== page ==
Cooking class in Kyoto, January 2015

(Resurrecting a post that’s been sitting in the Drafts folder for almost 2 years now, and testing a new crossposting plugin at the same time.)

We are not social people. Well, okay, we’re selectively social. We have our groups of friends that we see now and then, but we don’t generally seek out new acquaintances. This will become important in a bit.

But we do like to cook. When looking for things to do on this trip, Stephanie found this cooking class that covers several Japanese dishes, and includes a main dish of actual Kobe beef. We figured, “Sounds cool!” and signed up.

Each class has up to 6 people (not counting any kids under 6 that might be tagging along). But as we walked to the bus stop where we were to meet our host, we thought, “Maybe it’ll just be us two. We can pick this guy’s brain for techniques and what have you.” We get to the stop, and there are only a couple disinterested Japanese people waiting for the next bus. A few minutes later however, here comes a gaijin family – husband, wife, and two similarly-dressed daughters. They ask if we’re here for the cooking class, and we answer yes. Introductions are had, and the kind of forced, crappy small talk that usually happens between complete strangers commences. Fast forward another few minutes, and another gaijin couple approaches. Turns out they’re also in the class! More introductions, more small talk. This time we’re saved pretty quickly when our host, Taro, shows up to walk us to his house.

Ok, so I made these people out to be worse than they are. Really, everyone was pleasant and conversation wasn’t too hard to come by. Going down the roster, we had:

  • Peter and Claire, with their daughters Chloe (6) and Mimi (4). Originally from the UK (Claire is actually Welsh, and was happy to hear we’d made that country a major part of our previous trip), they now live in Australia. We’d actually seen them at the Nishijin Textile Center earlier in the day.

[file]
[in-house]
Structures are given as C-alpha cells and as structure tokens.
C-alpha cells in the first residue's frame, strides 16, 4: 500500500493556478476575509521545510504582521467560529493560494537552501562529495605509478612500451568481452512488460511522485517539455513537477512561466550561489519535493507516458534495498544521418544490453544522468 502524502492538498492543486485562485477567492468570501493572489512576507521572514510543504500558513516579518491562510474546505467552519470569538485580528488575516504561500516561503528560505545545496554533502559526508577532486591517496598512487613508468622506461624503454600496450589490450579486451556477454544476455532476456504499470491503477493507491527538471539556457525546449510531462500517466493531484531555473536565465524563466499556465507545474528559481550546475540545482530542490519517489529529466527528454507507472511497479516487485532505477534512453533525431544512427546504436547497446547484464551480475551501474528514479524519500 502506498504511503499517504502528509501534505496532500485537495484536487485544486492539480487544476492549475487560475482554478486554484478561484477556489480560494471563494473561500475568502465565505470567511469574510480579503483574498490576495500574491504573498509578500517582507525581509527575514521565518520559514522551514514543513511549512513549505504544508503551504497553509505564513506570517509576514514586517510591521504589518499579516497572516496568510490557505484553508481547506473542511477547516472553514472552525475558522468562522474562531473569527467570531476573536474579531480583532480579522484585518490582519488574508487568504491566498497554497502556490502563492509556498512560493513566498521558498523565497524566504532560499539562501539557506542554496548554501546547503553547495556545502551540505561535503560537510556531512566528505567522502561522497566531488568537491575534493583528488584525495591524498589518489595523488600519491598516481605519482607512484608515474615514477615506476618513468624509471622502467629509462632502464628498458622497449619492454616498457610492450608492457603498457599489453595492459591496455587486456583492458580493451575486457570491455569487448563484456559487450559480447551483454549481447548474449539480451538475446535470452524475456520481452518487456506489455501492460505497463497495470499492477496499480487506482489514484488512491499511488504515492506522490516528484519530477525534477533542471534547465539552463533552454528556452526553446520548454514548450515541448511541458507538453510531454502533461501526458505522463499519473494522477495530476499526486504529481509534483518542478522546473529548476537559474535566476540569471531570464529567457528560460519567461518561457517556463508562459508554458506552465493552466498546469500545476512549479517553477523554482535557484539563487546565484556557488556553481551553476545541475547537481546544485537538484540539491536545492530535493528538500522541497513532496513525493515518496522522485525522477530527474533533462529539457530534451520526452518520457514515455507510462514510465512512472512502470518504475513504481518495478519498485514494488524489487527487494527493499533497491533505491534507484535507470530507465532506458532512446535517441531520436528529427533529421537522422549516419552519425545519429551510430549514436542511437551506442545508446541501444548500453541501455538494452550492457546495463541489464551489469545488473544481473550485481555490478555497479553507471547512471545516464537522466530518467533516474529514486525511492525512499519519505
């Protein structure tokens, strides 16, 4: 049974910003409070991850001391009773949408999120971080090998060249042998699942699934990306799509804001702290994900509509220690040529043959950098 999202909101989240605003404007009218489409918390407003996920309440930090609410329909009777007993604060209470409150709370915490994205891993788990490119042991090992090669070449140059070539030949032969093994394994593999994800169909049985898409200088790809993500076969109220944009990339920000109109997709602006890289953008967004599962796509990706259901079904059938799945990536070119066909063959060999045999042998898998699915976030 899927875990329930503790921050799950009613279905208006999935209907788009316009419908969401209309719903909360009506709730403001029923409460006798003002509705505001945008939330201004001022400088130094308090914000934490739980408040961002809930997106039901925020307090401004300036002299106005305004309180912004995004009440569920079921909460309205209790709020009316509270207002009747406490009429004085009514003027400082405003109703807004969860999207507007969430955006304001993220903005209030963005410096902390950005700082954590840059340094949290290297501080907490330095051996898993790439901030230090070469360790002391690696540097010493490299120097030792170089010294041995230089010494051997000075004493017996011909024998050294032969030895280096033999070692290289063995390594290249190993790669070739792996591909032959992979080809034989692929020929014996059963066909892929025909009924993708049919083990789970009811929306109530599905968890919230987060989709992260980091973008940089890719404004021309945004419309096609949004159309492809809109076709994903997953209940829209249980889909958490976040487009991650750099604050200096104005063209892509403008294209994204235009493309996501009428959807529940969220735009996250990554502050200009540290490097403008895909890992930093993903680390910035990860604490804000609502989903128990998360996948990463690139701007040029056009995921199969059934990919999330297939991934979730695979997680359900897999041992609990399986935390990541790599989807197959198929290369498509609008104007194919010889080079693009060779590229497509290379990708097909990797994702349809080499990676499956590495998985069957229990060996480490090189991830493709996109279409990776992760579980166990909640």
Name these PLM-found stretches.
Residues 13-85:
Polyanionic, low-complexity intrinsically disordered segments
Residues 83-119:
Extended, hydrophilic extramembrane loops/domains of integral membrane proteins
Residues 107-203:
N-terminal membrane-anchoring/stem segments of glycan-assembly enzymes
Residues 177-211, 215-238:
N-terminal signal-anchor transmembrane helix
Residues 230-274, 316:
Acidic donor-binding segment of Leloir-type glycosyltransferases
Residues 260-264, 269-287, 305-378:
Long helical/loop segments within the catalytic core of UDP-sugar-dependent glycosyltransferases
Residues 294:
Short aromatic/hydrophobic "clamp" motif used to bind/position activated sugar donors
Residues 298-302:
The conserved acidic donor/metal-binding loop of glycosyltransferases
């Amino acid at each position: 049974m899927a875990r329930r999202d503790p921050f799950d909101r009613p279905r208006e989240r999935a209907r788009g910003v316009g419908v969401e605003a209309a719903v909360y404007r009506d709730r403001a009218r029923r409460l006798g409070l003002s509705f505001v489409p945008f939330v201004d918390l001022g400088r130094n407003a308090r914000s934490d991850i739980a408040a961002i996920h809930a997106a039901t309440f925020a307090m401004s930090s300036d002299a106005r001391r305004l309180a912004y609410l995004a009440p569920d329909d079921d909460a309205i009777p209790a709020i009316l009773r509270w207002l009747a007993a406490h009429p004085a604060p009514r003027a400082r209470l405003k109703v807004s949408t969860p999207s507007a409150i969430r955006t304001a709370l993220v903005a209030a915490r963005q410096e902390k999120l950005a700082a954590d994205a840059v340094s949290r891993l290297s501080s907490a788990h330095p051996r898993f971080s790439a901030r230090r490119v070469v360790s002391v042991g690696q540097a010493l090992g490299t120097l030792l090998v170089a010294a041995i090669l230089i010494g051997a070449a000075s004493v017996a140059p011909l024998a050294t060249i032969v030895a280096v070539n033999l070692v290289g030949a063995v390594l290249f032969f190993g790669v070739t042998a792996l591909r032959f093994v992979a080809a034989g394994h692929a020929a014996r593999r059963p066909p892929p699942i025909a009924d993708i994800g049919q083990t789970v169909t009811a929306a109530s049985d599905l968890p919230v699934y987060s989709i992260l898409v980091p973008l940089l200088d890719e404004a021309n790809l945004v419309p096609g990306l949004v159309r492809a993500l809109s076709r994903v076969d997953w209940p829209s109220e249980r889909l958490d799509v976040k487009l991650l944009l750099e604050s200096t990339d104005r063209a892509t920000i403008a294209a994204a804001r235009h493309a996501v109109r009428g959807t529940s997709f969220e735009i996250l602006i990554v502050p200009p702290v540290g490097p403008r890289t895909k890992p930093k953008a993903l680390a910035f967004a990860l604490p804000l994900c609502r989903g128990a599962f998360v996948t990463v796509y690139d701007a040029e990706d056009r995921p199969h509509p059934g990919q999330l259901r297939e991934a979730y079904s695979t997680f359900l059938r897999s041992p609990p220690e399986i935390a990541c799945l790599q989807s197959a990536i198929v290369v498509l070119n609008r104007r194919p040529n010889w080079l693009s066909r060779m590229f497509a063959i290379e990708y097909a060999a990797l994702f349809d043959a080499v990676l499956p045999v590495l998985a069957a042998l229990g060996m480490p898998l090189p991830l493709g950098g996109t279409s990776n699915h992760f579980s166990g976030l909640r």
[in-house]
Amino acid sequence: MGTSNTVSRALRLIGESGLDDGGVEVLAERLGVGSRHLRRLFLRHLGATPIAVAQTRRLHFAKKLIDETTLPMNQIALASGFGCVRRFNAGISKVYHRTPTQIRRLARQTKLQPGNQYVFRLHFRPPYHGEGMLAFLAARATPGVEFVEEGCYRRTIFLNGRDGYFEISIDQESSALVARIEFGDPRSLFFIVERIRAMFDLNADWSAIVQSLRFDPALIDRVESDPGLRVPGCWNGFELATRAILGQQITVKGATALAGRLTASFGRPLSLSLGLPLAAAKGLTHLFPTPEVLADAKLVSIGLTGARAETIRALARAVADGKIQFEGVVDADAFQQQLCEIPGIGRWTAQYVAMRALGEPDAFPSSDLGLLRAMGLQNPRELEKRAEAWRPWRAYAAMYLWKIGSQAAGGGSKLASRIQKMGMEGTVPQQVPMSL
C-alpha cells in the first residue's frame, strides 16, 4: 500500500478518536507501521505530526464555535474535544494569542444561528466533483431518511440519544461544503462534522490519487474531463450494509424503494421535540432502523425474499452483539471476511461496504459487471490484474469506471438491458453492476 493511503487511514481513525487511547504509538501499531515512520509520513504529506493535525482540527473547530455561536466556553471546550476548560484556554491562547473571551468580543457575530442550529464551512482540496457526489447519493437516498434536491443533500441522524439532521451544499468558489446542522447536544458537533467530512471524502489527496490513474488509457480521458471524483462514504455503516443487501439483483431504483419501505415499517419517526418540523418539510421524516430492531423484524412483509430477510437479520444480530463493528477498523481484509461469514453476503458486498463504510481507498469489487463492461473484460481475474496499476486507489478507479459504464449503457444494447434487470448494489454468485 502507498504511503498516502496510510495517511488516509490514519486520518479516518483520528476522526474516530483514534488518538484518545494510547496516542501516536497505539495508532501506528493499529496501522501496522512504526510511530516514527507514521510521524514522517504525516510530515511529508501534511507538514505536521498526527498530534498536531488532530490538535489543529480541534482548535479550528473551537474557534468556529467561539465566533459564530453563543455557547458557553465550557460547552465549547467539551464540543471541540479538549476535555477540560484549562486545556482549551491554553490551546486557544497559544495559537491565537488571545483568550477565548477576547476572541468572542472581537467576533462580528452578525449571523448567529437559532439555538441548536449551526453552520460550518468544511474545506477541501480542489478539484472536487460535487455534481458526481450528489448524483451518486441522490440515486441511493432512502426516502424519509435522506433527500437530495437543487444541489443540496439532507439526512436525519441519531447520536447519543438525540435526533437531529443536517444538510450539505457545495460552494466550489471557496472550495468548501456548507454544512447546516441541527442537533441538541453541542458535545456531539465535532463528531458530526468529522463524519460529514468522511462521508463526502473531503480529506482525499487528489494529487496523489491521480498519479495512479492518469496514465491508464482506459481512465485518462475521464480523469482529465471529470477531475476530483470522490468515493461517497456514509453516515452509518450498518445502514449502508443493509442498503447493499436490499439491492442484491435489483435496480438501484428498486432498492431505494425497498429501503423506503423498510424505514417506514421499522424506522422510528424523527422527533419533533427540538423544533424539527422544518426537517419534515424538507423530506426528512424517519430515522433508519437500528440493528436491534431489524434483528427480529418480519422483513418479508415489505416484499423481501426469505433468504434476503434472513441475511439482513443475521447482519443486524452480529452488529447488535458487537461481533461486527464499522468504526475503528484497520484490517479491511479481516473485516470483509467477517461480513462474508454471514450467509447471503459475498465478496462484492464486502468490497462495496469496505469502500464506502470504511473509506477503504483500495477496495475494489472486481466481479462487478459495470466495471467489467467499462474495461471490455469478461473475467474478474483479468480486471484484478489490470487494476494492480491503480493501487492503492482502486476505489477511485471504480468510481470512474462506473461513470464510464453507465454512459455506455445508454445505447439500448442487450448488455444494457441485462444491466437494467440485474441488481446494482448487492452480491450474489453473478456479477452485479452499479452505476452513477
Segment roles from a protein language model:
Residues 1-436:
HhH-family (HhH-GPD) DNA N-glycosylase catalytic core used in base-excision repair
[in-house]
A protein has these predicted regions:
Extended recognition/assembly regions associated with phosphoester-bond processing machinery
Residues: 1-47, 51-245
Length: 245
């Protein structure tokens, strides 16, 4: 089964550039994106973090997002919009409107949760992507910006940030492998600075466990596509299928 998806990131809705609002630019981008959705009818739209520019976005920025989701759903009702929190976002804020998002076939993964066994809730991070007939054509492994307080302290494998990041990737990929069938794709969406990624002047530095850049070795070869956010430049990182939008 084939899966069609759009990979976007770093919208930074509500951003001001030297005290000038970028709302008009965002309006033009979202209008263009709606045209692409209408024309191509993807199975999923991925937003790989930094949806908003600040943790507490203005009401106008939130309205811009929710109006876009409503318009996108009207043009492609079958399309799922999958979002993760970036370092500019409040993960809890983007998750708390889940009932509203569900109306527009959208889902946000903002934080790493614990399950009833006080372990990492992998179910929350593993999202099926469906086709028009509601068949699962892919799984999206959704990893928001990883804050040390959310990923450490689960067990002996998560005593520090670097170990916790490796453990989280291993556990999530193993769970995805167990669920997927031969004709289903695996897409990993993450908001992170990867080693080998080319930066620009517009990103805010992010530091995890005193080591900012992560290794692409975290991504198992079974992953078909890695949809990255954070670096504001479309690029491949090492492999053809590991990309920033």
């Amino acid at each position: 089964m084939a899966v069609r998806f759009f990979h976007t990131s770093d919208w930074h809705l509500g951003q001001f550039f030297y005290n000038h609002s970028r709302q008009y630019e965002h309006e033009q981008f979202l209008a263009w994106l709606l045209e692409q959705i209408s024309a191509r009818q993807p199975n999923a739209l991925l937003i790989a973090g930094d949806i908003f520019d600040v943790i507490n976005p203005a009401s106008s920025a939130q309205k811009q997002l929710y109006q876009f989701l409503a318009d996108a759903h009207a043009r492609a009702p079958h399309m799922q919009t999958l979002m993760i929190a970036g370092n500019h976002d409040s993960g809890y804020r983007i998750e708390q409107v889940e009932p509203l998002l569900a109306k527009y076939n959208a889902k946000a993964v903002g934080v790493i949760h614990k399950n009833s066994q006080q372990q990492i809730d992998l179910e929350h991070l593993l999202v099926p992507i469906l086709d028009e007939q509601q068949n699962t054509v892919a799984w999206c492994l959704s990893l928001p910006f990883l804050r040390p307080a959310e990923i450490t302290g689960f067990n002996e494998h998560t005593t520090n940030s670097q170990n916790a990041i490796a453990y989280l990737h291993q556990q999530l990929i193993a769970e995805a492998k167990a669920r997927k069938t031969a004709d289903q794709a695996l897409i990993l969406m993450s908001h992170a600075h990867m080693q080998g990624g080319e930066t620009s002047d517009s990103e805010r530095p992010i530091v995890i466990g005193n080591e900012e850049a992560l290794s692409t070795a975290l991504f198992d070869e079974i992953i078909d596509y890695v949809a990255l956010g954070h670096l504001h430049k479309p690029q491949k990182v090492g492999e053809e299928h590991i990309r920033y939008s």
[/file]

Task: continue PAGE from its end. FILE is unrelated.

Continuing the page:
• Jean-Baptiste (JB) and Hava, from Paris. JB had a camera, and took plenty of pictures.

Taro lead us the short walk to his house, which was a small but cozy and nicely decorated place just a couple minutes from the bus stop. Dark wood floors, bamboo across the ceiling stained to match, and just enough space to fit everyone. The adults donned slippers and aprons, while the children (including Taro’s 5-year-old daughter Haruko, for whom the class is named) plopped down in front of the TV with a Frozen DVD. More on that in a bit.

The class was fun and informative. Taro’s wife (whose name escapes me) did some of the prep, but the adult participants also did some slicing and other work. Later on Stephanie got to make Tamagoyaki in a rectangular pan. The whole time Taro was gTaro cooking the Kobe beefiving us info on why things were done a certain way, how most Japanese people cooked at home, etc.

And then there’s a lull in the conversation – “an angel passed”, for those who’ve read Neuromancer – and we hear the three girls off in the corner, singing “Let It Go”. It was an adorable moment.

For the Kobe itself, Taro did the cooking. His reasoning was it’s very easy to overcook, and he wanted to make sure we had the best experience possible. No one disagreed. Accompanying it were:

  • rice
  • miso soup
  • some sort of mushroom-pepper stir fry (I think probably enoki and shishito)
  • lotus root mixed with other veggies and sesame seeds
  • the aforementioned tamagoyaki
  • some other things I can’t recall and can’t quite identify from the pictures

After the meal the Aussies left rather quickly, I think to get their girls to bed. JB and Hava talked quite a bit about how Taro could market the class and get more business. Taro listened very politely.

We left about the same time as Hava and JB, but not before I asked Taro about something he’d used when cooking. It was a small, round squeeze bottle. The head was silicone, and had bristles like a basting brush. He’d used it to oil up the pans during the class. I said it was a clever idea, and he told how he tried to market them, but they didn’t take off. He did give us two of them, saying he had many left over, and we thanked him and left.

For those who are interested, here’s a closeup of the Kobe beef before cooking, and the certificate that proves it came from a Kobe-certified cow named Yuki.

(Note: if you think you ate Kobe beef in the US before 2012, you were lied to. There was no export of authentic Kobe until then. You ate Wagyu, which is the same breed, but Kobe beef is a certification/grade for beef that comes from the Kobe region and which has a certain fat percentage, etc. You might have eaten Kobe post-2012, but if you did you paid through the nose for it.)

Yuki was very tasty, although not the tastiest beef we had in Japan. The beef melted in the mouth and had pretty much no chew to it, just the essence of beef flavor.  The best beef we had was a couple of days later, in Takayama, about which more later.

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